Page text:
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If we have a vector space $V$ and subspace $W$, we have that $$\dim(V/W) = \dim V - \dim W.$$

Similarly for the annihilator $W^{\circ}$ we have that

$$\dim W^{\circ} = \dim V - \dim W.$$

What is the isomorphism between these two spaces? Is there an intuitive way to relate the two ideas?

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The natural isomorphism is not between $W^0$ and $V/W$, but between $W^{\circ}$ and $(V/W)^*$. Consider the linear map

\begin{align*} L : W^{\circ} &\to (V/W)^*\\ \varphi &\mapsto \hat{\varphi} \end{align*}

where $\hat{\varphi}(v + W) := \varphi(v)$. Note, the map $\hat{\varphi}$ is well-defined because if $v' + W = v + W$, then $v' = v + w$ for some $w \in W$ so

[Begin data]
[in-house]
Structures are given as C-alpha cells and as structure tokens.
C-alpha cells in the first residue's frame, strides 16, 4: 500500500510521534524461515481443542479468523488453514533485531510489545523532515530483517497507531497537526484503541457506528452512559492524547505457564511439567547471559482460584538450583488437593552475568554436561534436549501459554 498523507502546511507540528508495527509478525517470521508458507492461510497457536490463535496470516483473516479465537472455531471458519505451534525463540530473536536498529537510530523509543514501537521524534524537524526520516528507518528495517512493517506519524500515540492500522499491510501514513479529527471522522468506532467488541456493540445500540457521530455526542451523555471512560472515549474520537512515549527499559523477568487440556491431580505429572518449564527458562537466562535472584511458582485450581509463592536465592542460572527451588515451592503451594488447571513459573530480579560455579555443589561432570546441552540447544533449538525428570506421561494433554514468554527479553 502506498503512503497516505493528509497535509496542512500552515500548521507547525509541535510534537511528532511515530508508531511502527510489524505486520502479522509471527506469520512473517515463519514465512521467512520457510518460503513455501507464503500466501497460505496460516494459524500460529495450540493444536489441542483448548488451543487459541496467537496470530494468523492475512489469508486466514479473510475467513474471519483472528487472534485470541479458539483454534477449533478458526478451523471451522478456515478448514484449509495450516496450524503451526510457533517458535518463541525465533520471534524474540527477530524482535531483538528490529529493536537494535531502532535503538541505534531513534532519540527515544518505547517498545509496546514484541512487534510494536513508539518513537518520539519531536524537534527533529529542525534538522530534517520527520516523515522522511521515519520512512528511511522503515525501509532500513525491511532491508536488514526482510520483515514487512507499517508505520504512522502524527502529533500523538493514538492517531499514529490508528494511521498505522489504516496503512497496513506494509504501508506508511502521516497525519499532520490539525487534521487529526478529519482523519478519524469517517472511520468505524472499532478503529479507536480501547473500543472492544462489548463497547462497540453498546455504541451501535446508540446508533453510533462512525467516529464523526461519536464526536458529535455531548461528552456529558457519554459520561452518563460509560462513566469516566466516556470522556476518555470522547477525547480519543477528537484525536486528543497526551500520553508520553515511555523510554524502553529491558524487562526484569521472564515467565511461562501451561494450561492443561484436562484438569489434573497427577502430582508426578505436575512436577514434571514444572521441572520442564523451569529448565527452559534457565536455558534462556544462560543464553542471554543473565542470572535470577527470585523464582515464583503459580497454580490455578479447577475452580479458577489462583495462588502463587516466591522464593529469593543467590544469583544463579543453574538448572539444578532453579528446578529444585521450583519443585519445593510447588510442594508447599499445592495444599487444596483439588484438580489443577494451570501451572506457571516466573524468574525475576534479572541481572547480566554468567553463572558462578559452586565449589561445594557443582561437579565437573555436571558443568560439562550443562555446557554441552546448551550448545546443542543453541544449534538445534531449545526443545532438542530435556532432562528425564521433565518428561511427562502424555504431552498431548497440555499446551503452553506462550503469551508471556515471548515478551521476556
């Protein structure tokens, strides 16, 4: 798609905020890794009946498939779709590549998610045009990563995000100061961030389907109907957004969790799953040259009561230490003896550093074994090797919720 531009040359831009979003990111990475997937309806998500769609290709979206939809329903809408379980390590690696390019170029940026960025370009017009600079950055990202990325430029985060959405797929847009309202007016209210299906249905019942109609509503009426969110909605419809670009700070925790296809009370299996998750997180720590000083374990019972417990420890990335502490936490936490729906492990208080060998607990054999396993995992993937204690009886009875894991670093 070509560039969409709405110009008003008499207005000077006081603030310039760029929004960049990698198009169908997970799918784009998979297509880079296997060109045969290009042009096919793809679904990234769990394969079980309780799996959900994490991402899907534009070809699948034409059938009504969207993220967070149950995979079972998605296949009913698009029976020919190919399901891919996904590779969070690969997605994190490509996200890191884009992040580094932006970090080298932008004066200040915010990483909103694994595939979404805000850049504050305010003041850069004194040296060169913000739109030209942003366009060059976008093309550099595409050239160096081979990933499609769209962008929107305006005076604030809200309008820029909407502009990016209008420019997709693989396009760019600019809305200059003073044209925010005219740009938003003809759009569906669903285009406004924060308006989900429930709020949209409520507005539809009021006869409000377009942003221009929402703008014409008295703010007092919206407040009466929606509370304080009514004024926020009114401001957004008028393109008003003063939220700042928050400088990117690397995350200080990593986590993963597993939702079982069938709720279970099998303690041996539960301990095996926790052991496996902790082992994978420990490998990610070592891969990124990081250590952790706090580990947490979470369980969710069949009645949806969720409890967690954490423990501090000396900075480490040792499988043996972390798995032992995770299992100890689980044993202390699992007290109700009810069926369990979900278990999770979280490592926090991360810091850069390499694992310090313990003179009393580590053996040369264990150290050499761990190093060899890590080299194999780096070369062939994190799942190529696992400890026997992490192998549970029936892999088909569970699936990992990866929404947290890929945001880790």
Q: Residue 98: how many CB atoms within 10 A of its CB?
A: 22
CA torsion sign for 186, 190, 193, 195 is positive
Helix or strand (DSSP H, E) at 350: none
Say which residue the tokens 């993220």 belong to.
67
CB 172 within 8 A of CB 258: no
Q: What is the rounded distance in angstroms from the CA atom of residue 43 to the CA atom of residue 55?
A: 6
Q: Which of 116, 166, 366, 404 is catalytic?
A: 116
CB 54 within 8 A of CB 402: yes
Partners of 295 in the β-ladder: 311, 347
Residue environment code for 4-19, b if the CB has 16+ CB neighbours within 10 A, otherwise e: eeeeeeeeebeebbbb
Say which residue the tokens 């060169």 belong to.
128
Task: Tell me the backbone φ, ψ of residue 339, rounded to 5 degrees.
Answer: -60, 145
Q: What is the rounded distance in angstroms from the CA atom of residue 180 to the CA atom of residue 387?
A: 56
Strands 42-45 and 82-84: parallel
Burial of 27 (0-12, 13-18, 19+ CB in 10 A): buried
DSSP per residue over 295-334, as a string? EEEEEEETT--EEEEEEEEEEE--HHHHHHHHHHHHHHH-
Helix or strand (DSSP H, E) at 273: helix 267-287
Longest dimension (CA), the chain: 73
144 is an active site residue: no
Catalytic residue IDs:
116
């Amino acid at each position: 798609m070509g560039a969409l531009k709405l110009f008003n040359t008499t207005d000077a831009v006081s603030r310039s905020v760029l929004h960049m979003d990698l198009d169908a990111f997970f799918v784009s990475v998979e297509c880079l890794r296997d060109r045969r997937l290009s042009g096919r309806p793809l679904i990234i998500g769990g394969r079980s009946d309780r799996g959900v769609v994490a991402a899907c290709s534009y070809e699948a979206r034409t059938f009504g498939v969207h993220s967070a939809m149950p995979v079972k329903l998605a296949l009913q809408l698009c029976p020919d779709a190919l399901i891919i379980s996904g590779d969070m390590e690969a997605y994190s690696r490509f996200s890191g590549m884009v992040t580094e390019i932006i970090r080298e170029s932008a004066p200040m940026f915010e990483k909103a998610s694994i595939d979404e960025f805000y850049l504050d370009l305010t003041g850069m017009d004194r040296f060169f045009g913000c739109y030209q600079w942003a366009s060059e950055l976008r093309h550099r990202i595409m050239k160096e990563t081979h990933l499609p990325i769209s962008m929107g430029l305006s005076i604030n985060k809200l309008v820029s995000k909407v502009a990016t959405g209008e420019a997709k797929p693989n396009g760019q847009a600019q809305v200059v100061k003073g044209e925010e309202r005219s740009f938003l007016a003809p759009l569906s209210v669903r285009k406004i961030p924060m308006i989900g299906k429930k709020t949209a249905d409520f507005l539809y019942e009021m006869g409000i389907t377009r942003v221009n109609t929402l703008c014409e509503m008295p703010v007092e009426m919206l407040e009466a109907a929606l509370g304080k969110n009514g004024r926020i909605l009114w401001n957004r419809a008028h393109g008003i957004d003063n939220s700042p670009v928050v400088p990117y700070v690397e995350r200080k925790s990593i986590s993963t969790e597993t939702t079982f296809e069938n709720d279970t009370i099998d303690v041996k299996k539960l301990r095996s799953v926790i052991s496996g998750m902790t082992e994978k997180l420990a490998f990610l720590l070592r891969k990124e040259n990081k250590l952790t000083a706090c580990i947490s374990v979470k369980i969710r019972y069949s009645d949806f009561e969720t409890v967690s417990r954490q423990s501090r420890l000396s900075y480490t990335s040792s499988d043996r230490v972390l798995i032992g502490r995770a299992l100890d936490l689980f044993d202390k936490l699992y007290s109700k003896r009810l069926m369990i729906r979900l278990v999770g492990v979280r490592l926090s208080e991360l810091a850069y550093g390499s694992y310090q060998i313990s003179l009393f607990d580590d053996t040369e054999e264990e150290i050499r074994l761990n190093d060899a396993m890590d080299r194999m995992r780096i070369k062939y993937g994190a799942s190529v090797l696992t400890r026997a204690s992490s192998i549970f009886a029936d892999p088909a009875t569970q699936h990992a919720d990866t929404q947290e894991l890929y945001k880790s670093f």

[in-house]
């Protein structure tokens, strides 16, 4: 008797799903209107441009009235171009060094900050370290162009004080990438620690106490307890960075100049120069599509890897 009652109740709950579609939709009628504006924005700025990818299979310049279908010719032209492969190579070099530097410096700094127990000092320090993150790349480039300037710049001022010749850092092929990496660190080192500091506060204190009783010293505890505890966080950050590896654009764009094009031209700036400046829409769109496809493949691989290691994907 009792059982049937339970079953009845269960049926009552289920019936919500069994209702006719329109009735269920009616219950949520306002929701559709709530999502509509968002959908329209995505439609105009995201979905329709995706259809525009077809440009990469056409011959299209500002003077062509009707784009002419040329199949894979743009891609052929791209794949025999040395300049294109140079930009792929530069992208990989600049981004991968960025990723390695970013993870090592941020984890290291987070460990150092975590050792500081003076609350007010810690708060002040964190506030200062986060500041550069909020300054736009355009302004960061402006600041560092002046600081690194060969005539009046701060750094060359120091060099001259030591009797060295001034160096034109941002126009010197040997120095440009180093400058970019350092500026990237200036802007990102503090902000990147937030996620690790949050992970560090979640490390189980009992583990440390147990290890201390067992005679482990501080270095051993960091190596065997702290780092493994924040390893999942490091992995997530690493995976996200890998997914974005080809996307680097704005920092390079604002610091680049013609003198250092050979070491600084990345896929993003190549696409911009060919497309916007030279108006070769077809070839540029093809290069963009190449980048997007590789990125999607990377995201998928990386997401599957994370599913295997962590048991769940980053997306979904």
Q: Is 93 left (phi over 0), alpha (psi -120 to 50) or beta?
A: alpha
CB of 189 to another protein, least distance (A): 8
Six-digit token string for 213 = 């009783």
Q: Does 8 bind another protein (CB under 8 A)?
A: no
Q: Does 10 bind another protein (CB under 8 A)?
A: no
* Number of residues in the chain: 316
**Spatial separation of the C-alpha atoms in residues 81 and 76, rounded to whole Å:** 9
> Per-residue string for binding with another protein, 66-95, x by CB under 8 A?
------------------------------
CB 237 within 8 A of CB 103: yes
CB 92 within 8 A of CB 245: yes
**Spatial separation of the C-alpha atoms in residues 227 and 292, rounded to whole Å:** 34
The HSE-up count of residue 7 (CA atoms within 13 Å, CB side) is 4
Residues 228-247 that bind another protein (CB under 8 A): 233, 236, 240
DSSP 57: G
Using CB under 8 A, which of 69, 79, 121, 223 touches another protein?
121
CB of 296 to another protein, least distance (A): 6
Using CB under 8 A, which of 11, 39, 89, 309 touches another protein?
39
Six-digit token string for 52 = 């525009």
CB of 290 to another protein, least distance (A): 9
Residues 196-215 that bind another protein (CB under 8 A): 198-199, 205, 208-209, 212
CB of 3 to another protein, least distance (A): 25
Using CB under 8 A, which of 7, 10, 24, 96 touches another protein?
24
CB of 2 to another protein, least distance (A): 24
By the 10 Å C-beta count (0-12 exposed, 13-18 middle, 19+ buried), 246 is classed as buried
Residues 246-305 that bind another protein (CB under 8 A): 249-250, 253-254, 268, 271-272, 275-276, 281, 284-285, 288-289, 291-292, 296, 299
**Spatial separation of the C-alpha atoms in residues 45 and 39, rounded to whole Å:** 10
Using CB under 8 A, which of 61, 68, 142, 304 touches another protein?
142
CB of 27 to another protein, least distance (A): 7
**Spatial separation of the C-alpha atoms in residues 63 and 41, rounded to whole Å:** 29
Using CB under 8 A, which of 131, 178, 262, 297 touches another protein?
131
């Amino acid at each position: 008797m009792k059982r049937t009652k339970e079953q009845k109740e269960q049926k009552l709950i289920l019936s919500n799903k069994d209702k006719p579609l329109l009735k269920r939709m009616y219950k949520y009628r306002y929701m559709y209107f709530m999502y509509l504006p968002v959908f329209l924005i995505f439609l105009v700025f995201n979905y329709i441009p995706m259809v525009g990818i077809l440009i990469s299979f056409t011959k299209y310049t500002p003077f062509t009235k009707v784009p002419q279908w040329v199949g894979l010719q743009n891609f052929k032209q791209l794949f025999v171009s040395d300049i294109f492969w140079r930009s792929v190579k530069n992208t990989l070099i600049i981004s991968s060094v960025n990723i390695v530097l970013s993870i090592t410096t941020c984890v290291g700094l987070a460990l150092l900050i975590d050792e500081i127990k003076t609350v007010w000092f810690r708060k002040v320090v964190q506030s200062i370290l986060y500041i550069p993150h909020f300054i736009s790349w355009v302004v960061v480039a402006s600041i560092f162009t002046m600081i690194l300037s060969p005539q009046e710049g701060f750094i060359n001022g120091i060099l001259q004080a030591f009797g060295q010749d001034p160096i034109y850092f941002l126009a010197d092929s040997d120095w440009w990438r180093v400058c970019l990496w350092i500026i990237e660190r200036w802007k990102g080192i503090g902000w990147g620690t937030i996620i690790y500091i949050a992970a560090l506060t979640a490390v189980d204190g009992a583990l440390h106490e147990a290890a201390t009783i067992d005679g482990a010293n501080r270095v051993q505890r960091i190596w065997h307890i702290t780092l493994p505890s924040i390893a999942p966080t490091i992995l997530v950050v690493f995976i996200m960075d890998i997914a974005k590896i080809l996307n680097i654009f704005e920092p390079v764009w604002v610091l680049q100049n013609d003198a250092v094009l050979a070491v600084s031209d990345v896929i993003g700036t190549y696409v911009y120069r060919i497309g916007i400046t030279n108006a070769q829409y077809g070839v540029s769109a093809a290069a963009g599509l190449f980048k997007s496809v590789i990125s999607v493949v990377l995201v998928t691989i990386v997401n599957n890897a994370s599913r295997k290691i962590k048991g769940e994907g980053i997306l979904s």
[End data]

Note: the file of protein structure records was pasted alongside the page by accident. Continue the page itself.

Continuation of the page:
$$\hat{\varphi}(v' + W) = \varphi(v') = \varphi(v + w) = \varphi(v) + \varphi(w) = \varphi(v) = \hat{\varphi}(v + W).$$

Note that if $\hat{\varphi} = 0$, then for every $v \in V$, $0 = \hat{\varphi}(v + W) = \varphi(v)$, so $\varphi = 0$. Therefore $L$ is injective.

Let $\psi \in (V/W)^*$. Note that $\psi\circ\pi \in V^*$ where $\pi : V \to V/W$ is the natural projection, and $(\psi\circ\pi)(W) = \psi(\pi(W)) = \psi(0) = 0$, so $\psi\circ\pi \in W^{\circ}$. Furthermore

$$\widehat{\psi\circ\pi}(v + W) = (\psi\circ\pi)(v) = \psi(\pi(v)) = \psi(v + W),$$

so $L(\psi\circ\pi) = \psi$. Therefore, $L$ is surjective.

So the map $L : W^{\circ} \to (V/W)^*$, $\varphi \mapsto \hat{\varphi}$ is an isomorphism.

If $V$ (and hence $W$) is finite-dimensional, then we have

$$\dim W^{\circ} = \dim (V/W)^* = \dim V/W = \dim V - \dim W.$$

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